C'è , Ci sono…

(There is  ,  There are... in Italian)

C'è , ci sono There is and there are in Italian, Via Optimae,

You're lounging on a boat… gently cruising through the crystal blue waters of the Mediterranean, taking in the many sights and sounds of the Aeolian Islands off the coast of Sicily.  You decide to write a letter describing everything you see. 

Salina, Isole Eolie, image via as seen on Via Optimae
image via Turismo Eolie
It's all so beautiful, that only poetic Italian will do, and you start by telling of the volcano in the distance:

"There is… There is…" 

Hmm.  Maybe you'll start with the boats you see behind you?

"There are… There are…"

"Ah! If only I'd studied 'There is' and 'There are' in Italian!" you think to yourself.

You wake suddenly and realize you're not on a boat in the Mediterranean and that knowing "There is" or "There are" isn't the only thing standing between you and poetic greatness in any language.

Still, you're reading an Italian lesson and that's a good start! So you decide to seize the day and learn these invaluable forms so that no matter where you find yourself, you can describe your surroundings in beautifully poetic Italian.

To talk about what there is/there are… Italian uses the pronoun CI and the third person forms of the verb ESSERE:

ci + è = c'è there is ; ci + sono = ci sono there are, by ab for Via Optimae,

As you can see, when ci and è are used together, they get contracted into c'è.  C'è (there is) is used when talking about just one thing:

C'è un vulcano.
There is a volcano.

And ci sono (there are) is used when talking about more than one thing:

Ci sono tre barche
There are three boats. 

It isn't always necessary to specify the exact number, as long as it's plural, you use Ci sono…

Ci sono barche. 
There are boats. 

Ci sono tante barche. 
There are so many boats. 

Ci sono delle barche.* 
There are some boats. 

Related lessons:

Pluralization, talking about more than one thing… 
The Partitive Article, how to say "some"


You can also add the negation word "Non" before each to describe what isn't there:

Non c'è un vulcano.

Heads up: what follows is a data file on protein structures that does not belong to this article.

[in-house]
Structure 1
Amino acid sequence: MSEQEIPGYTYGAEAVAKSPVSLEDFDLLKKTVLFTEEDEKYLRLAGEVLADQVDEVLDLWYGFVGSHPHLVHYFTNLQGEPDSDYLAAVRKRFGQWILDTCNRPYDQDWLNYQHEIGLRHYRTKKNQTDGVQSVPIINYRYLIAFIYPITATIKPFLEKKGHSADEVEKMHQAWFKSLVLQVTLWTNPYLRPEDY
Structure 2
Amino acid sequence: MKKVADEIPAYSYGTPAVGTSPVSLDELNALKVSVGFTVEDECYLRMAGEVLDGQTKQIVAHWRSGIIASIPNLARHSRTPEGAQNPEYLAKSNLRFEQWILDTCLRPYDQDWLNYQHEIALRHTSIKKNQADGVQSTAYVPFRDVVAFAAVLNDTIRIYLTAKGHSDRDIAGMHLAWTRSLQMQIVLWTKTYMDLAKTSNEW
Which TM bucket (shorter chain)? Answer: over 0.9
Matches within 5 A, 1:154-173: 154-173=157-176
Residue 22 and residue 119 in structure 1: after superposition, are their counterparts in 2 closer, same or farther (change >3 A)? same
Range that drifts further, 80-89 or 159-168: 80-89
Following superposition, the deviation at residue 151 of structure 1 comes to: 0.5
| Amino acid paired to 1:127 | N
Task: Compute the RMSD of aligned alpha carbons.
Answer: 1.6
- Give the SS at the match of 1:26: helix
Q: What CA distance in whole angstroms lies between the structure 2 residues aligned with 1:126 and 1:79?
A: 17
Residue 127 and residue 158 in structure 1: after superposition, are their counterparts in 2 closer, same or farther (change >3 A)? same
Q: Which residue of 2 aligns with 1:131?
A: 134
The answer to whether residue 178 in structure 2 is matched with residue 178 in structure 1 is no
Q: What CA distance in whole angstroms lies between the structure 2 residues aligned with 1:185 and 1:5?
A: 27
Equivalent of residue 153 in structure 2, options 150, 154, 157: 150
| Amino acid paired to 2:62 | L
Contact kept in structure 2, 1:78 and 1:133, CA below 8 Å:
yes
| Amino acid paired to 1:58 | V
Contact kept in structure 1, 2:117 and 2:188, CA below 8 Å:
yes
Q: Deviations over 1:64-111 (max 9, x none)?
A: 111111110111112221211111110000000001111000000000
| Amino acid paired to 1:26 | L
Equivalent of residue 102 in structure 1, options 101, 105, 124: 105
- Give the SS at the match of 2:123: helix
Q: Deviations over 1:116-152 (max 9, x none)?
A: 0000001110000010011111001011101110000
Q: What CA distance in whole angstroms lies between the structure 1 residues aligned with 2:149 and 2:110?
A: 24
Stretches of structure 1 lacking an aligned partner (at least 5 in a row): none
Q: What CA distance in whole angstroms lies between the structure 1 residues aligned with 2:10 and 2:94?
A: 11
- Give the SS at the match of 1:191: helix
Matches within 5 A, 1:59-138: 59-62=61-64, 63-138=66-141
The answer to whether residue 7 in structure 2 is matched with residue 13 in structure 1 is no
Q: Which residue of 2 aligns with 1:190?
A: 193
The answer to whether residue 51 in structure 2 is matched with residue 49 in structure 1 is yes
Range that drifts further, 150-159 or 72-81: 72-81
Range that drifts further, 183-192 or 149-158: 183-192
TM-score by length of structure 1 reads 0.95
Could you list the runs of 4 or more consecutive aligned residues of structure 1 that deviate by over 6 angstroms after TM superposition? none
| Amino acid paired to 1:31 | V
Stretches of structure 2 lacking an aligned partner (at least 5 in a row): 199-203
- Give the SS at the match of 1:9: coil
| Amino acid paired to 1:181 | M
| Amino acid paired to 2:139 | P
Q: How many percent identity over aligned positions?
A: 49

There isn't a volcano.

Non ci sono barche. 
There aren't any boats.

In Questions:

C'è un gatto?
Is there a cat?
No, non c'è un gatto.
No, there isn't a cat.

Quanti gatti ci sono?
How many cats are there?
Ci sono due gatti.
There are two cats.

Ci sono gatti?
Are there cats?
C'è un solo gatto.
There is only one cat.

Putting it all to use:

Take a look around where you currently find yourself and practice describing what there is….

C'è un computer. Ci sono libri.
There is a computer. There are books.  

Or instead of just listing, you can ask and then answer your own questions, like: 

(1) Che cosa c'è?
What is there?

C'è un computer. 
There is a computer.

Ci sono dei* libri. 
There are some books.

* Review the The Partitive Article or how to say "some", if desired, or just exclude the partitive and say "Ci sono libri — There are books"

(2) Quanti* [       ] ci sono? (How many [    ] are there?)
*If the noun is feminine, it becomes Quante

C'è un solo computer. 
There is only one computer.

Ci sono quattro libri. 
There are four books.

If you're missing the vocabulary or just want to be reminded— try using Via Optimae's free label pages to label a wide variety of items around your home and use them as a basis for practicing all of the above!

More practice:
Try describing what you see in this picture (another beautiful island off of Sicily— Pantelleria)  Not sure about the vocabulary?  Mouse over the green dots to see words displayed in Italian and English!

C'è and ci sono a Pantelleria, a thinglink "touch" image by Alex for Via Optimae,

Hai capito? (Got it?)  

"Like" Via Optimae on Facebook and post your own photos and descriptions of "Che c'è" (What is there?) in your surroundings!

For written practice, print the C'è | Ci sono worksheet on page 14 of the Beginner's Italian Workbook and fill-in both the "notes" section and the quick exercises that follow! 

ITALIAN: Workbooks Beginner's Workbook, Part One, from Via Optimae,

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{Additional practice:  The final exercise of the Partitive Article Worksheet features C'è and Ci sono and can be found on page 15 of the Italian Basics digital workbook} 

Happy Studying / Daydreaming! 

These final weeks of summer and my mind is on Italian island hopping.  Check out Conde Nast Traveller's Guide to the Aeolian Islands for your own travel inspiration!
Alex on

Panarea, Isole Eolie by Florent Le Gall on flickr as seen on
Panarea, Isole Eolie

All lessons in the Beginner's Italian series:
  (1) How Italian verbs work(Intro to verbs & grammar terms)
  (5) La negazione - Negation
  (6) Ogni quanto? Quante volte? (Adverbs of frequency)
  (7) C'è & Ci sono — CURRENT PAGE

Potrebbe pure interessarti….
ITALIAN: The Basics Series, starting with:
(01) Indefinite Articles (How to say "A/AN" in Italian

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Frasi celebri su Via Optimae

Frasi celebri su Via Optimae
Acque del sud (To Have and Have Not) original: "You know how to whistle, don't you, Steve? You just put your lips together and… blow."